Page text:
Australian giant Ian Chappell’s IPL suspension is a reminder of cricket’s vulnerability and did not force the Kovid-19 epidemic to postpone or change the upcoming T20 World Cup from India.
The 2021 edition of the lucrative T20 league was halted earlier this week after Sunrisers Hyderabad batsman Wriddhiman Saha, Delhi Capitals spinner Amit Mishra and KKR’s Varun Chakraborty and Sandeep Warrior tested positive for Kovid-19 in the bio-bubble.
“The suspension of the 2021 IPL tournament has led to an increase in Kovid infections and deaths among the public and many participants who have tested positively are reminded of the fragility of the game,” Chappell wrote for ‘ESPNcricinfo’ in his column.
India, which is battling the devastating second wave of the epidemic with more than 4 lakh cases rising every day, is set to host the T20 World Cup in October-November.
“In the current catastrophic environment, the suspension of the IPL could also set an example.
Chappell recalled some incidents that had interrupted the game in the past.
“In the past, tours were canceled and matches were abandoned for various reasons. Many of these have back stories, some of which are tragic and some of which are amusing.”
The 77-year-old recalls how the weather at the 1970-71 Boxing Day Test between hosts Australia and England led to the first ODI International.
“The MCG Boxing Day Test between Australia and England in 1970-71 was canceled due to heavy rain, which ruined the chances of a competitive match.
“The attempt to regain some of the lost revenue led to the first ODI being played instead of the Test. The match between the two countries’ officials was accepted without consulting the players and it angered many in the England camp.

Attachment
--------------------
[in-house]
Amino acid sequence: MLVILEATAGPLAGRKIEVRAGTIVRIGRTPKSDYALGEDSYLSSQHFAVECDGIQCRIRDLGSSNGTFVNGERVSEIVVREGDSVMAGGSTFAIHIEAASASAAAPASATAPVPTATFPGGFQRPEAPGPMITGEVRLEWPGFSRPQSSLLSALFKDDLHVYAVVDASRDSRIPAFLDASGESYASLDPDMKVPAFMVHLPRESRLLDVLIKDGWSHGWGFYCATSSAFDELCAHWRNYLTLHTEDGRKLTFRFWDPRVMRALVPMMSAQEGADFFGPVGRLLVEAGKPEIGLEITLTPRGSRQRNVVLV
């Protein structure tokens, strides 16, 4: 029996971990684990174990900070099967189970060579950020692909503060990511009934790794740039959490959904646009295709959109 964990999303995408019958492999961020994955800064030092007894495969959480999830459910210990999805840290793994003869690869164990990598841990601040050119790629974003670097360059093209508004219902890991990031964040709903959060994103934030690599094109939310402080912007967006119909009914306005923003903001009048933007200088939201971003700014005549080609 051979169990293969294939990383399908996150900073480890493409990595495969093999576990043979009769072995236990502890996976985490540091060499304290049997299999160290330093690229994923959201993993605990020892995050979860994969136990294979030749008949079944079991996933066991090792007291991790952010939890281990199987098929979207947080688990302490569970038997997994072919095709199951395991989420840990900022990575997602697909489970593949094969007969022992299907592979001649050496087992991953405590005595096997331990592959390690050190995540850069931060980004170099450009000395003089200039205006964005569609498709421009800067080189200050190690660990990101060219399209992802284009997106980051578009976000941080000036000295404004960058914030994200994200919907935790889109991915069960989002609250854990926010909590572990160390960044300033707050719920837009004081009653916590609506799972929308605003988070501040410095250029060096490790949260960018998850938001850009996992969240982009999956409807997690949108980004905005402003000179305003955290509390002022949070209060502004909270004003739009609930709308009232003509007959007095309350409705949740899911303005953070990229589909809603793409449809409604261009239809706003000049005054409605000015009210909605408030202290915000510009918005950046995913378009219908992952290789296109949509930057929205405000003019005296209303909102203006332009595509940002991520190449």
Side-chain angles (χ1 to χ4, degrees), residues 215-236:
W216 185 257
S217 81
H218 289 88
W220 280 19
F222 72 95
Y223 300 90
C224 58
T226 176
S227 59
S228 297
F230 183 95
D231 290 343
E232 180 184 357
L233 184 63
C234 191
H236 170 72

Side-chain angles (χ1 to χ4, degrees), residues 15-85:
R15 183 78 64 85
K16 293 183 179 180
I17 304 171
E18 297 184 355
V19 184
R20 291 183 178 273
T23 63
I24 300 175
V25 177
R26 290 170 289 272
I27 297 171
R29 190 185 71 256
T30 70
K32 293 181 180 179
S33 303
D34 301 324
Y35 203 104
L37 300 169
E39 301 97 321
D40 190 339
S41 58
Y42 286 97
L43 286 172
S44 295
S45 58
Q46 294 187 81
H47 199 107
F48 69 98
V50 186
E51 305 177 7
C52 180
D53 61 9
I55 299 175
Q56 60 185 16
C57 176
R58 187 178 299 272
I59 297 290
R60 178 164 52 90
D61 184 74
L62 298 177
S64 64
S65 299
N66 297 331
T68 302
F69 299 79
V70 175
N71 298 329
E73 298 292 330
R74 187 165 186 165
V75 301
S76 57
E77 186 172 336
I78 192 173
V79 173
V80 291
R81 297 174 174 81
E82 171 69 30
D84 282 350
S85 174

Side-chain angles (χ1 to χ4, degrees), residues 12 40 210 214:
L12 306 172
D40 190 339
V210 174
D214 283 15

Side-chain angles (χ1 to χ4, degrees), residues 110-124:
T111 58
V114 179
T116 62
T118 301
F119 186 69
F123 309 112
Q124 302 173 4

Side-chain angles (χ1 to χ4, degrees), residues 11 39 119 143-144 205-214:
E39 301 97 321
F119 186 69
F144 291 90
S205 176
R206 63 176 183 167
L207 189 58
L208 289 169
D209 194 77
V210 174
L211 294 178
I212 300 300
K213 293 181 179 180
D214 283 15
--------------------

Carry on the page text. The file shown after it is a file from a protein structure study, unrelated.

“This is another arrow in the players’ trembling in the revolutionary structure of the World Series of Cricket (WSC) in 1977-78.
The former Australia captain wrote about the time in 2006 when Pakistani players lost a Test to England over allegations of ball tampering.
“The fourth Test between England and Pakistan in 2006 came to an untimely end. Pakistan lost the match when they refused to take the field after being accused of ball tampering and fined five runs.
“Although cricket employs more sheriffs than you find in the old American Wild West, Pakistan captain Inzamam-ul-Haq failed to bring his team back to the field. England lost the match after a long delay.
“In an attempt to humiliate the compromise, the ICC subsequently declared the match a draw in 2008.
“However, when the decision was finally overturned in 2009 as per the MCC directives, integrity finally prevailed, and it is quite right that non-compliance with the law stands as a dangerous example,” Chappell said.